What are some creative rock garden ideas for novice gardeners?

  1. DonnaCosmato profile image98
    DonnaCosmatoposted 5 years ago

    What are some creative rock garden ideas for novice gardeners?

  2. Diana Grant profile image94
    Diana Grantposted 5 years ago

    https://usercontent1.hubstatic.com/6441016_f260.jpg

    Plant larger plants at the  back and smaller ones down the bottom. Make sure that the taller plants are not going to obscure the shorter ones.

    Make sure to keep any rampant growers under control so that they don't take over the whole rockery. They are useful in the first year or two, to get things started, but become like weeds if not cut back.

    My rockery has at different times been completely overgrown by snow-in-summer(small silver leaves & white flowers), euphorbia (yellowy green bracts as in photo above), periwinkle (dark shiny small leaves and small purple flowers) and montbretia (grass-like leaves and brilliant orange flowers). All very pretty, and fast growers, but keep them in check.

    Little succulents like sedum are nice, and saxifrage.

    Vary the colours and seasons of flowering, to ensure the rockery always looks interesting.

  3. carol2050 profile image57
    carol2050posted 5 years ago

    If you are making a Zen rock garden, clear the grass off of a spot where you want it as large as you want it. Rake it until very smooth, then pour as many bags of sand as is necessary to get 2 inches of sand. Rake the sand with a metal rake to form ridges. It is most effective when highly ridged. Place rocks or small boulders where you like, but avoid too many one or two is enough. Rake as often as you like to meditate.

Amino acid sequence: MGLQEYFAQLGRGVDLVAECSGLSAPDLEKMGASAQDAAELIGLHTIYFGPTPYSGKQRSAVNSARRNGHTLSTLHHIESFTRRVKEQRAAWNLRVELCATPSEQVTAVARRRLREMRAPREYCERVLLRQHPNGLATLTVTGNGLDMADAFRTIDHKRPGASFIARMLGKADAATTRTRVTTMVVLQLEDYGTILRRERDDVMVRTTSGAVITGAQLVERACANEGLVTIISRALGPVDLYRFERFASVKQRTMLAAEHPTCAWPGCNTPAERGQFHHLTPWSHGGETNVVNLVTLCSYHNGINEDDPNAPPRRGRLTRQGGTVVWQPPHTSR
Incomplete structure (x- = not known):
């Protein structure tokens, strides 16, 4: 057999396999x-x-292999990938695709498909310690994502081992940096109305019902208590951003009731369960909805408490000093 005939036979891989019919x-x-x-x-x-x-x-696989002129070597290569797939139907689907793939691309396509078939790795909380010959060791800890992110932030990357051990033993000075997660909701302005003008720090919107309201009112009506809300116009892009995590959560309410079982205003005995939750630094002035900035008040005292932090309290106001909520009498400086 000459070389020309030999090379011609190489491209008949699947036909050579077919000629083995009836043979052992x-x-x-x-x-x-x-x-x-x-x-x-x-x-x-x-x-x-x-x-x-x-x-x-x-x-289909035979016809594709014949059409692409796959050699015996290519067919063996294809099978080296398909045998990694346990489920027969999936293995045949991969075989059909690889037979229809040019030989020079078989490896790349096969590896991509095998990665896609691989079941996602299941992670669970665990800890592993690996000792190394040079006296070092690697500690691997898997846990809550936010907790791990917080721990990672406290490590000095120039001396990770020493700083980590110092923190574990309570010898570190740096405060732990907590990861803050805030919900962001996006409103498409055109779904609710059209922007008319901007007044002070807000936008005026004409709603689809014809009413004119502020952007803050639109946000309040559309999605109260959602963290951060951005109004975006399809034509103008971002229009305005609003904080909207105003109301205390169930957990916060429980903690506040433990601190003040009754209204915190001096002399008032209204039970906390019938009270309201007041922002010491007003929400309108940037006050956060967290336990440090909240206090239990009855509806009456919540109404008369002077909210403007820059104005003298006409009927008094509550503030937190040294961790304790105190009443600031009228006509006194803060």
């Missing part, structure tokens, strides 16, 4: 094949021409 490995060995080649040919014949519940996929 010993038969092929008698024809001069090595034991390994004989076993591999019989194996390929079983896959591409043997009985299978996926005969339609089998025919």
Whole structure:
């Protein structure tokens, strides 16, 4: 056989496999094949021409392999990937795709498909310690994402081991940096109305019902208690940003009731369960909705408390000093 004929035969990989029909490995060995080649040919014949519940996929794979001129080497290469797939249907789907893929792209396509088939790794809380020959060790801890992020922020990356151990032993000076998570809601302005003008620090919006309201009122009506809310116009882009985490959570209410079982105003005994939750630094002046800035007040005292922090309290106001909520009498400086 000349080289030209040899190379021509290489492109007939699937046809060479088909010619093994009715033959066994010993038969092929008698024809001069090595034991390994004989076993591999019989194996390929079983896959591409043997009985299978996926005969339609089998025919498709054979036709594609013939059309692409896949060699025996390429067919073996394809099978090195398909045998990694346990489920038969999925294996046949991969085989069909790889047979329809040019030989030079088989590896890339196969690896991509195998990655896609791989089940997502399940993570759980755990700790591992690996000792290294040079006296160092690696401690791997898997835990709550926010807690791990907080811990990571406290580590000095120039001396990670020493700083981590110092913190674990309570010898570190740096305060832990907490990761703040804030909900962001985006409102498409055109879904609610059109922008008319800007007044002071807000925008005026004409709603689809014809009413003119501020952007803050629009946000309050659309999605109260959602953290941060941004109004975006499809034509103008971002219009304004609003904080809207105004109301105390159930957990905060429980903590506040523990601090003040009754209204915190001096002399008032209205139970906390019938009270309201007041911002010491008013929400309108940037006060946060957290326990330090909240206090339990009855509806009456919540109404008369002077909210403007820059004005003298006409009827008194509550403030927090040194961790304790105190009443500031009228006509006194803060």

A flower rock garden is nice on a gently sloping hill. About 40 ft long by 25 ft across is nice if you have the space. If you don't have any existing trees, you will have a long wait to get the full beauty that comes from a few trees in strategic spots. Magnolia is nice, Rock elm or ulmas thomasii will be beautiful but susceptible to Dutch elm disease, dwarf fruit trees are a best choice for new plantings to get a nice effect quickly as are Japanese maples. Wild cherry trees are great if you prune them into nice shapes. Once you have the trees where you like, place the rocks, boulders, garden elves (lol), wrought iron nick knacks, statues, or whatever your heart desires in your garden. Then decide what plants you want to display. Decide first by water requirements, how much shade or sun is necessary in accordance with what you have, then color, then by height, then by length of flowering if you choose flowers, and you always need to consider how much work you want to put out in maintaining it. Ferns and ground covers need little after care, while lots of choices need twice daily care. Pyracantha and Japanese holly make nice specimens if you lop and shape them often and they  provide food for winter birds too. That's my 2 cents on the subject.

 
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